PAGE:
SMB Beacon

windows/beacon_smb/bind_pipe is Cobalt Strike's SMB Beacon. The SMB Beacon uses named pipes to communicate through a parent Beacon. This peer-to-peer communication works with Beacons on the same host. It also works across the network. Windows encapsulates named pipe communication within the SMB protocol. Hence, the name, SMB Beacon.

You may use the SMB Beacon as a target listener for most of Beacon's features. The features that affect the local host will stage over a TCP connection that’s setup to avoid the ire of the local host-based firewall. Beacon's lateral movement features will stage the SMB Beacon over a named pipe.

You may also export a stagless SMB Beacon executable or DLL. Go to Attacks -> Packages -> Windows Executable (S) and select your SMB Beacon listener.

Actions that stage the SMB Beacon will automatically link to it. If you run a stageless SMB Beacon payload, you must link to the payload to assume control of it.

The SMB Beacon’s localhost-only TCP stager will bind to the port specified in the New Listener dialog. The SMB Beacon’s remote-host named pipe stager will bind to the pipename_stager option from your Malleable C2 profile. The SMB Beacon payload will bind to the pipename option from your Malleable C2 profile.

Linking and Unlinking

From the Beacon console, use link [ip address] to link the current Beacon to an SMB Beacon that is waiting for a connection. When the current Beacon checks in, its linked peers will check in too.

To blend in with normal traffic, linked Beacons use Windows named pipes to communicate. This traffic is encapsulated in the SMB protocol. There are a few caveats to this approach:

1. Hosts with an SMB Beacon must accept connections on port 445.
2. You may only link Beacons managed by the same Cobalt Strike instance.

If you get an error 5 (access denied) after you try to link to a Beacon: steal a domain user's token or use make_token DOMAIN\user password to populate your current token with valid credentials for the target. Try to link to the Beacon again.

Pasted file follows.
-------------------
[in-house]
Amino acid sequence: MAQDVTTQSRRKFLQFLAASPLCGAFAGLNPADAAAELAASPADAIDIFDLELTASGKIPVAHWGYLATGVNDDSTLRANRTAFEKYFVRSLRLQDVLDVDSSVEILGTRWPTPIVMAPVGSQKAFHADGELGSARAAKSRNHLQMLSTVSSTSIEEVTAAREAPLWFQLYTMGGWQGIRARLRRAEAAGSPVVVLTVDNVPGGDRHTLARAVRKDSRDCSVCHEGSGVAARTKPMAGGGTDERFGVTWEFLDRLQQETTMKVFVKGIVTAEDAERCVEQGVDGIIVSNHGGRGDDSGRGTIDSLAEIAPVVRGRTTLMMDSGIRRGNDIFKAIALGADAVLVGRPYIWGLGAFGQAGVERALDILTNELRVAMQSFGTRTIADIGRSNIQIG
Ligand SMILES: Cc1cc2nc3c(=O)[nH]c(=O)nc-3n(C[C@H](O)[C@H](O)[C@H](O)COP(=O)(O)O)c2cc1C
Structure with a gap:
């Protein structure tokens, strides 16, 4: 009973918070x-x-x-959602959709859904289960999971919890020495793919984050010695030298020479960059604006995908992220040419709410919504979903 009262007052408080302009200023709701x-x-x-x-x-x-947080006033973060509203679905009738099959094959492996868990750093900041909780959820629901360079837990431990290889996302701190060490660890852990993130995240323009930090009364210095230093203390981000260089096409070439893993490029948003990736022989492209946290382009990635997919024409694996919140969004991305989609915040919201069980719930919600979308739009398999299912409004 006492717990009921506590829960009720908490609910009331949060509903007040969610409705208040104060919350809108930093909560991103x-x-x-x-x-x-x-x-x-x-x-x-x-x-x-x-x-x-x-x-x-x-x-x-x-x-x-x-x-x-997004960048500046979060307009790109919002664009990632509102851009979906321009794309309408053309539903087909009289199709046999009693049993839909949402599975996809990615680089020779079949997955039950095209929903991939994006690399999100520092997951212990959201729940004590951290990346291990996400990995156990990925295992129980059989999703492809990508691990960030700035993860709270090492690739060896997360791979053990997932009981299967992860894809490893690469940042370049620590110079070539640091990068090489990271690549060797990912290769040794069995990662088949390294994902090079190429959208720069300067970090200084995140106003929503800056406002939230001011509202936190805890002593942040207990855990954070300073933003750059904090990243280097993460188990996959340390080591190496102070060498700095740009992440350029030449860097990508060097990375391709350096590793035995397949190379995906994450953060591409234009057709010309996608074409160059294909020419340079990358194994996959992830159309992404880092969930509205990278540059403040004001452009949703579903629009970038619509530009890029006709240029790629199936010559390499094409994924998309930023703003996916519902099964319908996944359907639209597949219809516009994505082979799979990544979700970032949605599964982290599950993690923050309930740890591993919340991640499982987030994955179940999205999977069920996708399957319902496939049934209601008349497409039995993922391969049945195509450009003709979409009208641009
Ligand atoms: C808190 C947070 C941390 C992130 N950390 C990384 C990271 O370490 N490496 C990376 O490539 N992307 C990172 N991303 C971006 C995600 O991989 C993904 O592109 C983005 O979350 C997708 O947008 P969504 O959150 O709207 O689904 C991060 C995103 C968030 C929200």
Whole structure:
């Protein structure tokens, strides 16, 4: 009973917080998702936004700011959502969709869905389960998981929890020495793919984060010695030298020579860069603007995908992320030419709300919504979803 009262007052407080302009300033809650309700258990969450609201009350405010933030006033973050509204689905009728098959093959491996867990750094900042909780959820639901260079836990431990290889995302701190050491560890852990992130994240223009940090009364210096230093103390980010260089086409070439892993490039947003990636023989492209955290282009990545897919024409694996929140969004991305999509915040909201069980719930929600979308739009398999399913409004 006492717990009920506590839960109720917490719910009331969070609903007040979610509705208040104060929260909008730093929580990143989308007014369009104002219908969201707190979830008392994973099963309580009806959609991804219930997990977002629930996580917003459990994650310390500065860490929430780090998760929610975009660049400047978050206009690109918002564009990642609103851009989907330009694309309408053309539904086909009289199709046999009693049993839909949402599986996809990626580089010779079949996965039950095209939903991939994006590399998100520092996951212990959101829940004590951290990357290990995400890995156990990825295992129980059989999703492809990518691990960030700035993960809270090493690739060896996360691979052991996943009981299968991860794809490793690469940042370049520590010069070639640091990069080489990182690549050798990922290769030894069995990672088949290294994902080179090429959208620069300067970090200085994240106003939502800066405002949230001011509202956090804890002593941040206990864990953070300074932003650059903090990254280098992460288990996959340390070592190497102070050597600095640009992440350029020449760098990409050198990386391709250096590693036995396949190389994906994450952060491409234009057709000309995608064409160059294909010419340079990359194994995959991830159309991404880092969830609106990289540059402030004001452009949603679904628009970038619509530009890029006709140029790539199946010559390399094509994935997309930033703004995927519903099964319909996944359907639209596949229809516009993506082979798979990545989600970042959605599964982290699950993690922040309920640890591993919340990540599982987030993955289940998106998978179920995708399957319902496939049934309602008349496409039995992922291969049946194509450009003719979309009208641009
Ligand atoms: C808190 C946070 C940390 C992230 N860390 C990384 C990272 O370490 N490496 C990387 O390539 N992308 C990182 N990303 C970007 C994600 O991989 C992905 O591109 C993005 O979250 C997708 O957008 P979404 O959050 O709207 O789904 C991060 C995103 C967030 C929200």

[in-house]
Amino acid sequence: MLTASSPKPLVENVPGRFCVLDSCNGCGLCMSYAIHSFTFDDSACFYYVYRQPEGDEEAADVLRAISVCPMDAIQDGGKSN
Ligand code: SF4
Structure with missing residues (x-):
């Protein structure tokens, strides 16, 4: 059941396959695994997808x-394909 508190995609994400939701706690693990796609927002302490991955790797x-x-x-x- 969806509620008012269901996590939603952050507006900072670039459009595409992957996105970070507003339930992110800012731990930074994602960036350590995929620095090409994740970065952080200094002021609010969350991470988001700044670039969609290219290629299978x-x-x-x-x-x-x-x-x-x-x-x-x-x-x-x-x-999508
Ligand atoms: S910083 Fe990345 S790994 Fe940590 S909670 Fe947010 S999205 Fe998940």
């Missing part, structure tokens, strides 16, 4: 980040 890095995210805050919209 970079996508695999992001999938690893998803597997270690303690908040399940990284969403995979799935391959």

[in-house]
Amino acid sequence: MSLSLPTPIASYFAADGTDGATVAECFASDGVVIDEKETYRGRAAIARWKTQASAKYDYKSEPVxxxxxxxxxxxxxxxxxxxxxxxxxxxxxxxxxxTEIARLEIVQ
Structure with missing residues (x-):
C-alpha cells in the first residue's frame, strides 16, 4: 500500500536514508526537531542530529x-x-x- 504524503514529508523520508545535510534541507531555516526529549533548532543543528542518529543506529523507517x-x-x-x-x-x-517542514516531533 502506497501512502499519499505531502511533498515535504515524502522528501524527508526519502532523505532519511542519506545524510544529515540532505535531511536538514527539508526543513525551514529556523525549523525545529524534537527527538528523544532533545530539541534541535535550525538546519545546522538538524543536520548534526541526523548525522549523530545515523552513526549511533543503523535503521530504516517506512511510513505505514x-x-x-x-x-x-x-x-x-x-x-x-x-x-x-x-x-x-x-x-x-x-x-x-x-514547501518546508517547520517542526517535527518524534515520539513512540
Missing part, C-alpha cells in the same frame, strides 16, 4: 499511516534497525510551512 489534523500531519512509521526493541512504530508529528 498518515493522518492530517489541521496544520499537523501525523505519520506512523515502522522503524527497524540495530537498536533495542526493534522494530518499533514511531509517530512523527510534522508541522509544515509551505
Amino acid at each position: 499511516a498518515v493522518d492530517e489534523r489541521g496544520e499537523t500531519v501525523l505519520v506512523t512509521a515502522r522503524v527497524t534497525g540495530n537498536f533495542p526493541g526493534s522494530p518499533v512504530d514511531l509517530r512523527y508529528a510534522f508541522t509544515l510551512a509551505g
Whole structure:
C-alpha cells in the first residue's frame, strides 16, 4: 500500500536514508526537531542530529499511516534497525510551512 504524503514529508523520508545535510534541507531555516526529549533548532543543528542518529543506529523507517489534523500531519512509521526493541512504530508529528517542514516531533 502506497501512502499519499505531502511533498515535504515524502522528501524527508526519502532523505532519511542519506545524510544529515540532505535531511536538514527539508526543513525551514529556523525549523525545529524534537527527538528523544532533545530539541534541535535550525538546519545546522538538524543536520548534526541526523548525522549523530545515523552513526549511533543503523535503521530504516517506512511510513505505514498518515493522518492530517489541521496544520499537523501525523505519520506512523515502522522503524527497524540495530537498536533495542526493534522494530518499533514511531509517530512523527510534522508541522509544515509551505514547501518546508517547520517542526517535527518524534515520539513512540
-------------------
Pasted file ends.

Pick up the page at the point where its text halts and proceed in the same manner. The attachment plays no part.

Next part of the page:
To destroy a Beacon link use unlink [ip address] in the parent or child. Later, you may link to the unlinked Beacon again (or link to it from another Beacon).

The Pivot Graph

The Pivot Graph shows your SMB Beacon links in a natural way. Go to Cobalt Strike -> Visualization -> Pivot Graph to enable this view.

Pivot Graph

Pivot Graph

Each Beacon session has an icon. As with the sessions table: the icon for each host indicates its operating system. If the icon is red with lightning bolds, the Beacon is running in a process with administrator privileges. A darker icon indicates that the Beacon session was asked to exit and it acknowledged this command.

A firewall icon represents the last seen egress point (e.g., a proxy, firewall, or redirector) for a Beacon. Beacon will use a dashed green line to indicate its use of HTTP, HTTPS, or DNS to leave the network.

An orange arrow connecting one Beacon session to another represents a link between two Beacons. Cobalt Strike’s Beacon uses Windows named pipes to control Beacons in this peer-to-peer fashion. A named pipe is an inter-process communication mechanism on Windows. Named pipe traffic that goes host-to-host is encapsulated within the SMB protocol. A red arrow indicates that a Beacon link is broken.

Click a Beacon to select it. You may select multiple Beacons by clicking and dragging a box over the desired hosts. Press Ctrl and Shift and click to select or unselect an individual Beacon.

Right-click a Beacon to bring up a menu with available post-exploitation options.

Right-click the Pivot Graph with no selected Beacons to configure the layout of this graph.